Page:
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South Africa’s Financial Watchdog Pushes For Local Offices Of Foreign-Based Crypto Firms

Since cryptocurrencies were categorized as financial products last year, the FSCA highlights a lapse in oversight and aims to address this by requiring companies to establish a physical presence within the country.

By Anna B Kiwanuka

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The Regulatory body in South Africa is urging cryptocurrency startups operating in the country from foreign headquarters to establish local offices. The goal is to ensure better oversight and accountability.

According to a recent report by the Financial Sector Conduct Authority (FSCA), approximately 10% of virtual currency service providers in South Africa have their main operations based abroad. Since cryptocurrencies were categorized as financial products last year, the FSCA highlights a lapse in oversight and aims to address this by requiring companies to establish a physical presence within the country.

The FSCA defines crypto assets as digital representations of value that are tradable, transferable, or storable electronically by individuals and entities for payment, investment, and various utilities. Recognizing the need to adapt the regulatory framework to adequately address crypto-specific risks while fostering innovation remains a priority.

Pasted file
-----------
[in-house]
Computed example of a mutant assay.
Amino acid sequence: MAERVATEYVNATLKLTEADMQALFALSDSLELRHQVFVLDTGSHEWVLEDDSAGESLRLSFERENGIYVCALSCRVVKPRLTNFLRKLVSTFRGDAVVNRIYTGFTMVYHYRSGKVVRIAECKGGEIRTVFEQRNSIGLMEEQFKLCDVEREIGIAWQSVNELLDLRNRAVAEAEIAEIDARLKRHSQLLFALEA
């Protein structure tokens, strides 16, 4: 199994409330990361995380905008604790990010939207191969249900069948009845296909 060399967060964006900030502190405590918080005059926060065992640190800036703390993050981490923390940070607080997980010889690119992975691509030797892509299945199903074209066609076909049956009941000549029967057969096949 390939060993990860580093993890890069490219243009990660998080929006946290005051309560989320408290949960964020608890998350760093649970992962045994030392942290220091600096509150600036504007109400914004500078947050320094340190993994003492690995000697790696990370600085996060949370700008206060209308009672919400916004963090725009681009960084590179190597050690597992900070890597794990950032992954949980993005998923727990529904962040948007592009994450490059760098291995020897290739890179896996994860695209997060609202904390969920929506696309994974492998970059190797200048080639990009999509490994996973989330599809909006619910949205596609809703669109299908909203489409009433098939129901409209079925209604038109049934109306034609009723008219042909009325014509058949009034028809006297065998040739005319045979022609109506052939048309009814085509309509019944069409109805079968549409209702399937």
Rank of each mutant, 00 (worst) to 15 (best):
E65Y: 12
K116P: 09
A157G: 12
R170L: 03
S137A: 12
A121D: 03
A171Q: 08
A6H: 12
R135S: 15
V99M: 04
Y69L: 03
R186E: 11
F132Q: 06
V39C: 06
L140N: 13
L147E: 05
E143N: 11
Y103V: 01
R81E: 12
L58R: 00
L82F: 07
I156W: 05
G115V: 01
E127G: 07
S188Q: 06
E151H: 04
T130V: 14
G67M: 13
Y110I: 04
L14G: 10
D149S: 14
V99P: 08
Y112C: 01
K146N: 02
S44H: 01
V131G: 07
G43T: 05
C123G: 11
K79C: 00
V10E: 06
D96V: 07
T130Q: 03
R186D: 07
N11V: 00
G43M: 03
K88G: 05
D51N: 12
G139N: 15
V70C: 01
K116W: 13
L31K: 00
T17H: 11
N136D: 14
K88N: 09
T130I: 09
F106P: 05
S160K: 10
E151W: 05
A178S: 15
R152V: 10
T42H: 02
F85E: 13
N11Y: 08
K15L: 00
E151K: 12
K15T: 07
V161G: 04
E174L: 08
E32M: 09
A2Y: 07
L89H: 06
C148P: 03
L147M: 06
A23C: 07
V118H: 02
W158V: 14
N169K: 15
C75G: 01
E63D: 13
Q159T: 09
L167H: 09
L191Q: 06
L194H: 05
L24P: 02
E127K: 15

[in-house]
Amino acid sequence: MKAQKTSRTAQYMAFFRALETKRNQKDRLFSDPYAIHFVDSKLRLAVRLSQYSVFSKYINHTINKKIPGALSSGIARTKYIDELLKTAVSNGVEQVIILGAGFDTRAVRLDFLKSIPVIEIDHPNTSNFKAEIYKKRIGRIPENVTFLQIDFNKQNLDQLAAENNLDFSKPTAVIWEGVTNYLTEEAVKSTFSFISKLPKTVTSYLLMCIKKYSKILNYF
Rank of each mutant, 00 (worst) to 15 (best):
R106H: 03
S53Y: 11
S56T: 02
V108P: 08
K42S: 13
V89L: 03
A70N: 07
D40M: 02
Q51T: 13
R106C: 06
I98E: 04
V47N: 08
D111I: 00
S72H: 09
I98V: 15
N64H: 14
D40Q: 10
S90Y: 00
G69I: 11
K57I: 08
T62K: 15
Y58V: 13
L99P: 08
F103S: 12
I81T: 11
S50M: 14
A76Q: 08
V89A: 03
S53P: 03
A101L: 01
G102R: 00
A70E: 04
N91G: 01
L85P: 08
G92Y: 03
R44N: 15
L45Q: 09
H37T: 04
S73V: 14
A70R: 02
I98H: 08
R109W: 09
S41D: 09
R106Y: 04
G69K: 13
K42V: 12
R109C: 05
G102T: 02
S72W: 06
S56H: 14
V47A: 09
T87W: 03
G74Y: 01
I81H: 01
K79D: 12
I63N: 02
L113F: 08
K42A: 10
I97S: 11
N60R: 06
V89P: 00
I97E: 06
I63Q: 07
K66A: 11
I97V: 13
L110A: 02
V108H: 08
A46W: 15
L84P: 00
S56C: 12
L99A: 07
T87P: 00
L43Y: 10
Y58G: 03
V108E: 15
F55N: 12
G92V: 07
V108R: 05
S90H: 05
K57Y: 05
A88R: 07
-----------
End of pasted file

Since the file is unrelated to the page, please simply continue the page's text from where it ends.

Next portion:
The FSCA’s Crypto Assets Market Study further outlines the distribution of these crypto startups’ headquarters across cities in the country, with Cape Town taking the lead, followed by Johannesburg, Pretoria, and Durban, respectively. Revenue generation for crypto asset financial service providers primarily revolves around trading fees, closely resembling traditional financial models.

The study also notes that the most popular crypto assets offered by these startups in South Africa include unbacked cryptocurrencies and stablecoins. Earlier directives from the FSCA mandated crypto financial service providers to acquire licenses by November’s end, warning that entities without permits would be ineligible to operate in the country by 2024. The regulatory body has been processing around 128 applications and aims to review an additional 36 by December.

In an effort to distance itself from past money laundering cases that led to South Africa’s inclusion in the International Financial Action Task Force’s watchlist, the FSCA sees establishing a robust regulatory framework for virtual currencies as crucial in safeguarding the country from potential global financial scrutiny.


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